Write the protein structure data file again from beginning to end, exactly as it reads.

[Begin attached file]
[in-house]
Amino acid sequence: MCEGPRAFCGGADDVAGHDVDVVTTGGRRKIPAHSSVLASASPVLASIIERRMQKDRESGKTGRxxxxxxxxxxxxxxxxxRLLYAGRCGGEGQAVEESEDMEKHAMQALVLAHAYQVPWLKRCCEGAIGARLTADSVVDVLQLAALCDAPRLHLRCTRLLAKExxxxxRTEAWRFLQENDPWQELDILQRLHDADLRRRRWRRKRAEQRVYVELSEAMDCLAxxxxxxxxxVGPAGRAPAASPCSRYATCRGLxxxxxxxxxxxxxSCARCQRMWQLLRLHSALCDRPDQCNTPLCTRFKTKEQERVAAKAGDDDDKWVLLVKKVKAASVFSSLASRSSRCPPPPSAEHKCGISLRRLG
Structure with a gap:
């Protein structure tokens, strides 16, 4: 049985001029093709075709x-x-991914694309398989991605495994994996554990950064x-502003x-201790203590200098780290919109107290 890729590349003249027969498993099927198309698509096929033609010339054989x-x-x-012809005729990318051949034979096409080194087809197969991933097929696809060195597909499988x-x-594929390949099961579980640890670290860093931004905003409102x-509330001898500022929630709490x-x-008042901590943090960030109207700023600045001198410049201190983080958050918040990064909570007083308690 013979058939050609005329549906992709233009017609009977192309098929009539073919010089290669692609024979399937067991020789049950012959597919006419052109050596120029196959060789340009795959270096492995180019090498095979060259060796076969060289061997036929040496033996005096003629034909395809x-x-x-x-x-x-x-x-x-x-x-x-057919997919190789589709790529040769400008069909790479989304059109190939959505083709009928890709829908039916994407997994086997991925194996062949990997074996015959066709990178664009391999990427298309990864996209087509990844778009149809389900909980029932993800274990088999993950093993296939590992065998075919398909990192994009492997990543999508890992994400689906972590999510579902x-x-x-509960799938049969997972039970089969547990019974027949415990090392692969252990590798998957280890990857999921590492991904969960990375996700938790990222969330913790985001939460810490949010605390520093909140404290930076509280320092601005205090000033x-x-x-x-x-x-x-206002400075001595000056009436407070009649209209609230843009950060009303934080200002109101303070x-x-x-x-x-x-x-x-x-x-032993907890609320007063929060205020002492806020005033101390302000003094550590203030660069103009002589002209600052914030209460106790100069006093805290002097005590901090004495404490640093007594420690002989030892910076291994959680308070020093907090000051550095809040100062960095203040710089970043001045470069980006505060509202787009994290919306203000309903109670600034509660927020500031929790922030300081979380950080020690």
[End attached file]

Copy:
[in-house]
Amino acid sequence: MCEGPRAFCGGADDVAGHDVDVVTTGGRRKIPAHSSVLASASPVLASIIERRMQKDRESGKTGRxxxxxxxxxxxxxxxxxRLLYAGRCGGEGQAVEESEDMEKHAMQALVLAHAYQVPWLKRCCEGAIGARLTADSVVDVLQLAALCDAPRLHLRCTRLLAKExxxxxRTEAWRFLQENDPWQELDILQRLHDADLRRRRWRRKRAEQRVYVELSEAMDCLAxxxxxxxxxVGPAGRAPAASPCSRYATCRGLxxxxxxxxxxxxxSCARCQRMWQLLRLHSALCDRPDQCNTPLCTRFKTKEQERVAAKAGDDDDKWVLLVKKVKAASVFSSLASRSSRCPPPPSAEHKCGISLRRLG
Structure with a gap:
């Protein structure tokens, strides 16, 4: 049985001029093709075709x-x-991914694309398989991605495994994996554990950064x-502003x-201790203590200098780290919109107290 890729590349003249027969498993099927198309698509096929033609010339054989x-x-x-012809005729990318051949034979096409080194087809197969991933097929696809060195597909499988x-x-594929390949099961579980640890670290860093931004905003409102x-509330001898500022929630709490x-x-008042901590943090960030109207700023600045001198410049201190983080958050918040990064909570007083308690 013979058939050609005329549906992709233009017609009977192309098929009539073919010089290669692609024979399937067991020789049950012959597919006419052109050596120029196959060789340009795959270096492995180019090498095979060259060796076969060289061997036929040496033996005096003629034909395809x-x-x-x-x-x-x-x-x-x-x-x-057919997919190789589709790529040769400008069909790479989304059109190939959505083709009928890709829908039916994407997994086997991925194996062949990997074996015959066709990178664009391999990427298309990864996209087509990844778009149809389900909980029932993800274990088999993950093993296939590992065998075919398909990192994009492997990543999508890992994400689906972590999510579902x-x-x-509960799938049969997972039970089969547990019974027949415990090392692969252990590798998957280890990857999921590492991904969960990375996700938790990222969330913790985001939460810490949010605390520093909140404290930076509280320092601005205090000033x-x-x-x-x-x-x-206002400075001595000056009436407070009649209209609230843009950060009303934080200002109101303070x-x-x-x-x-x-x-x-x-x-032993907890609320007063929060205020002492806020005033101390302000003094550590203030660069103009002589002209600052914030209460106790100069006093805290002097005590901090004495404490640093007594420690002989030892910076291994959680308070020093907090000051550095809040100062960095203040710089970043001045470069980006505060509202787009994290919306203000309903109670600034509660927020500031929790922030300081979380950080020690």